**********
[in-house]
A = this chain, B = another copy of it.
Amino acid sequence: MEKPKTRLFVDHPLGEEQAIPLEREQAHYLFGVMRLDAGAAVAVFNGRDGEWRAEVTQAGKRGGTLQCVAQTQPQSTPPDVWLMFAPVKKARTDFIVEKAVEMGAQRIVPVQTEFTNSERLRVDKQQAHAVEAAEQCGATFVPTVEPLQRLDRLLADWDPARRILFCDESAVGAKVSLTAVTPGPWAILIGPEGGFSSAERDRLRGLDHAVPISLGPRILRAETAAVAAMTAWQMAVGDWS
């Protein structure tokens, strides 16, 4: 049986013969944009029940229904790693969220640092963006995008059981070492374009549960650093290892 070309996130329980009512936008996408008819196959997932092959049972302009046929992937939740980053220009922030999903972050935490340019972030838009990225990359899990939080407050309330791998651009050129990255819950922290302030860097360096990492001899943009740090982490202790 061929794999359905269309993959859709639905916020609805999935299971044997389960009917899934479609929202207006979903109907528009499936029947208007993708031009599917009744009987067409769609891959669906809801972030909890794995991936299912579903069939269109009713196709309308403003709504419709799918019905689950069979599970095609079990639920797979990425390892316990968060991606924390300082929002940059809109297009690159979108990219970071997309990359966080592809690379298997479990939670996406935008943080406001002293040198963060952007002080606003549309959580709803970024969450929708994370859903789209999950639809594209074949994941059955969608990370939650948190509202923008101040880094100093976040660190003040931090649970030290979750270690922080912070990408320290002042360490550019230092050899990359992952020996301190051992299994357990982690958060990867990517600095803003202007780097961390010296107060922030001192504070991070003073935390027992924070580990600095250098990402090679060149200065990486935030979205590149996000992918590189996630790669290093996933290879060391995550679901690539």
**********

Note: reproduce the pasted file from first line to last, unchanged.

[in-house]
A = this chain, B = another copy of it.
Amino acid sequence: MEKPKTRLFVDHPLGEEQAIPLEREQAHYLFGVMRLDAGAAVAVFNGRDGEWRAEVTQAGKRGGTLQCVAQTQPQSTPPDVWLMFAPVKKARTDFIVEKAVEMGAQRIVPVQTEFTNSERLRVDKQQAHAVEAAEQCGATFVPTVEPLQRLDRLLADWDPARRILFCDESAVGAKVSLTAVTPGPWAILIGPEGGFSSAERDRLRGLDHAVPISLGPRILRAETAAVAAMTAWQMAVGDWS
């Protein structure tokens, strides 16, 4: 049986013969944009029940229904790693969220640092963006995008059981070492374009549960650093290892 070309996130329980009512936008996408008819196959997932092959049972302009046929992937939740980053220009922030999903972050935490340019972030838009990225990359899990939080407050309330791998651009050129990255819950922290302030860097360096990492001899943009740090982490202790 061929794999359905269309993959859709639905916020609805999935299971044997389960009917899934479609929202207006979903109907528009499936029947208007993708031009599917009744009987067409769609891959669906809801972030909890794995991936299912579903069939269109009713196709309308403003709504419709799918019905689950069979599970095609079990639920797979990425390892316990968060991606924390300082929002940059809109297009690159979108990219970071997309990359966080592809690379298997479990939670996406935008943080406001002293040198963060952007002080606003549309959580709803970024969450929708994370859903789209999950639809594209074949994941059955969608990370939650948190509202923008101040880094100093976040660190003040931090649970030290979750270690922080912070990408320290002042360490550019230092050899990359992952020996301190051992299994357990982690958060990867990517600095803003202007780097961390010296107060922030001192504070991070003073935390027992924070580990600095250098990402090679060149200065990486935030979205590149996000992918590189996630790669290093996933290879060391995550679901690539």